We created the interiors for a brand new south-east Asian and Japanese casual dining restaurant Hoppi Dorri, located in Lincolnshire’s Stamford.
The 114-cover Hoppi Dorri restaurant is named after the famous street in Tokyo’s district of Asakusa, renowned among locals for eating and drinking. Filled with inexpensive, authentic taverns open all day and night, the crowded Hoppy Dori is decorated with lanterns and strewn with outdoor street-side seating, giving the whole area a special festive atmosphere. We designed Stamford’s incarnation to pay homage to the late-night Asian food markets, bringing to the west the rich aromas and colourful flavours of south-east Asian and Japanese food.
The colours and make-shift approach to these Asian backstreets inspired the bold, honest and nostalgic interiors of Hoppi Dorri. The design, spanning over two floors, blends pan-Asian traditional street-food graphics, colours and eclecticism with a contemporary and light industrial feel, taking affordable and reclaimed materials and transforming them into tasteful vibrant finishes. The interiors combine layered textures and patterns, distressed but colourful walls, bold graphics printed on traditional textured materials, clusters of signage to both sides of the street, with Western and Eastern symbols blending together.
The ground floor features a 10-seat sushi bar, surrounded by cage-like mesh, corrugated metal and amber lighting, where diners can absorb the theatre of watching the chef meticulously prepare sushi and sashimi. Framed by Japanese noren banners and decorated with Asian products gives the sushi bar and dining space its authentic feel. The dining area includes mid-level reclaimed timber tables and metal-framed chairs, as well as up-cycled banquette seating reserved in the more secluded lower-level rear of the restaurant, designed more private with the use of retro timber panelling with decorative metal details. Echoing the traditional vibrant street signs of Asia, this area is illuminated with multiple neon signs.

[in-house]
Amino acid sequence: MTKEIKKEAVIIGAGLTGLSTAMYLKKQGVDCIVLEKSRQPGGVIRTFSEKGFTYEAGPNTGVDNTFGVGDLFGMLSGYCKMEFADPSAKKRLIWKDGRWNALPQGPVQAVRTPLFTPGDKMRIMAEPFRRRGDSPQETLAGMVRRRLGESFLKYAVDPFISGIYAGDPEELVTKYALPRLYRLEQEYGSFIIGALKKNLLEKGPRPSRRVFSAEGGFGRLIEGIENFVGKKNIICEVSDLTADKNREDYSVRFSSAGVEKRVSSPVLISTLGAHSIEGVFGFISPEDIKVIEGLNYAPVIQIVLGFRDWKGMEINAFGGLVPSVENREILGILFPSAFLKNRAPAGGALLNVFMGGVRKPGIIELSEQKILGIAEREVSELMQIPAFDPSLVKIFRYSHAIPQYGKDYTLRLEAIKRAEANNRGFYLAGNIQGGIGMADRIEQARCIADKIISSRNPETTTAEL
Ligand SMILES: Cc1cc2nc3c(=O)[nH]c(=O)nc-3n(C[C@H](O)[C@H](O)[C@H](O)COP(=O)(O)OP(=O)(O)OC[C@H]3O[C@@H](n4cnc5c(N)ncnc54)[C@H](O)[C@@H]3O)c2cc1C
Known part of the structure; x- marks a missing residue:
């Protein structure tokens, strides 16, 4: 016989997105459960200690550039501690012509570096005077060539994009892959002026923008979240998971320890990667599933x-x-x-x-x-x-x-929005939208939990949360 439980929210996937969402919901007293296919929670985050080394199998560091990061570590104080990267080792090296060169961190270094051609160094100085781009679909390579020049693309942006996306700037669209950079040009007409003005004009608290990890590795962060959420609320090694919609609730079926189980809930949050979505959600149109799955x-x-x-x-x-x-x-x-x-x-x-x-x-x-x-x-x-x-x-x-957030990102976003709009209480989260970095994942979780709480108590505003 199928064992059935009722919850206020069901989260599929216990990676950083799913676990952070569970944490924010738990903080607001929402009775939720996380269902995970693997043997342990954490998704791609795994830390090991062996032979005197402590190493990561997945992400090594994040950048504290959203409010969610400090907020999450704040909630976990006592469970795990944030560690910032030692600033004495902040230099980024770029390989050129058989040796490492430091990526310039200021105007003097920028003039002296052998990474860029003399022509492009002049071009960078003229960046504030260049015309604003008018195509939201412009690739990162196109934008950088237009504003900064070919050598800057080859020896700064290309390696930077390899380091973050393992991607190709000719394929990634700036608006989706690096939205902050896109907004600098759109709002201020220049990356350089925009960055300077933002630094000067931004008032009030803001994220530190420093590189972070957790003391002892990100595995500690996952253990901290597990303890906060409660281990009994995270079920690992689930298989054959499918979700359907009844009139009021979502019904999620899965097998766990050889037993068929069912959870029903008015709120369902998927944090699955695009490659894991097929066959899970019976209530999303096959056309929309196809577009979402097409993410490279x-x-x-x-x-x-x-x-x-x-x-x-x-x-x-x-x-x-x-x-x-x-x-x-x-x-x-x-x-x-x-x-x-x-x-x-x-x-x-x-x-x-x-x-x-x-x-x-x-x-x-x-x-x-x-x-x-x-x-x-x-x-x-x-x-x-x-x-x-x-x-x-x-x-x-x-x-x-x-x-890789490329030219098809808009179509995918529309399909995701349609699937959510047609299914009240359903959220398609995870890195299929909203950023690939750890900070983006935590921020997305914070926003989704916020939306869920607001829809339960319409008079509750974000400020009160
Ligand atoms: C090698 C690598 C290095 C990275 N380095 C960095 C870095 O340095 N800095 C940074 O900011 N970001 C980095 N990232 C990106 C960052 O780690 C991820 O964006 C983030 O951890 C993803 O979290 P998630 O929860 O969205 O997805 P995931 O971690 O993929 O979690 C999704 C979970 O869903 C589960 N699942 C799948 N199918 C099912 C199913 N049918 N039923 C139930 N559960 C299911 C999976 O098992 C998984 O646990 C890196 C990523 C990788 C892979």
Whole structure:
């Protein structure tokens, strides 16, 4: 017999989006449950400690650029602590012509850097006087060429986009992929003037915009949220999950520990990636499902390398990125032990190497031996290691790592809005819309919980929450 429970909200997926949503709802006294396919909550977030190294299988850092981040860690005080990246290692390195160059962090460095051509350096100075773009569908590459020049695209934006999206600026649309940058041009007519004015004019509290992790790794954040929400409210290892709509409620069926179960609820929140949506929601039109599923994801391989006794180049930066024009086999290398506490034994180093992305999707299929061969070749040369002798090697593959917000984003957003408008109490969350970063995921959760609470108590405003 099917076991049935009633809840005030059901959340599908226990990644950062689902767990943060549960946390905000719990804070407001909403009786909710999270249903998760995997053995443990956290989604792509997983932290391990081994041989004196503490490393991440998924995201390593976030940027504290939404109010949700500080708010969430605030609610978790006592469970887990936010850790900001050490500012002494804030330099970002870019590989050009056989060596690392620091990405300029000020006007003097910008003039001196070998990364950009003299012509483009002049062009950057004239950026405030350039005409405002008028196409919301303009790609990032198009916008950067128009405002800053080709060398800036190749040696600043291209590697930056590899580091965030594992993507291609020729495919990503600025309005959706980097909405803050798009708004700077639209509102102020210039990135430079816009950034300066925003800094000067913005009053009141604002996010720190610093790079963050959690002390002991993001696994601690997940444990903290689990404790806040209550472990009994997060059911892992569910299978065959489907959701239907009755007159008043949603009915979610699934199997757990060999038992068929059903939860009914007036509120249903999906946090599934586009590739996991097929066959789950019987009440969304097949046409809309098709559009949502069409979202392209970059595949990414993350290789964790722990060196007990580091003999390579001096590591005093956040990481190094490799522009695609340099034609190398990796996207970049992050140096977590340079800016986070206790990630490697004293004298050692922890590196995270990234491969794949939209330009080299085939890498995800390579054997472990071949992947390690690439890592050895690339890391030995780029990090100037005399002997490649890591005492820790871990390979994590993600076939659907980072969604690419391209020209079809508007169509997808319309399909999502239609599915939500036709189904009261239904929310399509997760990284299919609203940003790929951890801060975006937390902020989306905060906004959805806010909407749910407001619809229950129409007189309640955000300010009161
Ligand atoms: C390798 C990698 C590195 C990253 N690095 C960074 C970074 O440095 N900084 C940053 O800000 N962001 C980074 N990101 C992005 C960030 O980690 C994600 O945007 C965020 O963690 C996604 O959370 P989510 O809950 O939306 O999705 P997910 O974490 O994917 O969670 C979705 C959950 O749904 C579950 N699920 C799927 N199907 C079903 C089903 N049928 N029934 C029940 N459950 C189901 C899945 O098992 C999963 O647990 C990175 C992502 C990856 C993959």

Upstairs, the first-floor bar is the focus point of the expansive dining area and creates a sense of continuity by mirroring the ground floor dispense bar in its layout. We used layered mesh and panels to create the bar gantry, and an illuminated liquor display sits at the back of the back bar framed with more mesh detailing. It was important to us to use reclaimed and raw materials that could once have been salvaged from the streets of Asia to form the bar front and wall claddings. Western-feel barstools are dotted around the perimeter of the bar with industrial lighting. Further along to the dining area, traditional Asian red silk lanterns are scattered overhead across the ceiling, injecting fun, nostalgia and colour into the space.
Reclaimed windows and doors cleverly divide and add layers to the space, which gives way to a partially covered outdoor terrace for more dining, surrounded by distressed and colourful brick walls, decked with festoon lighting reminiscent of Asian street food markets.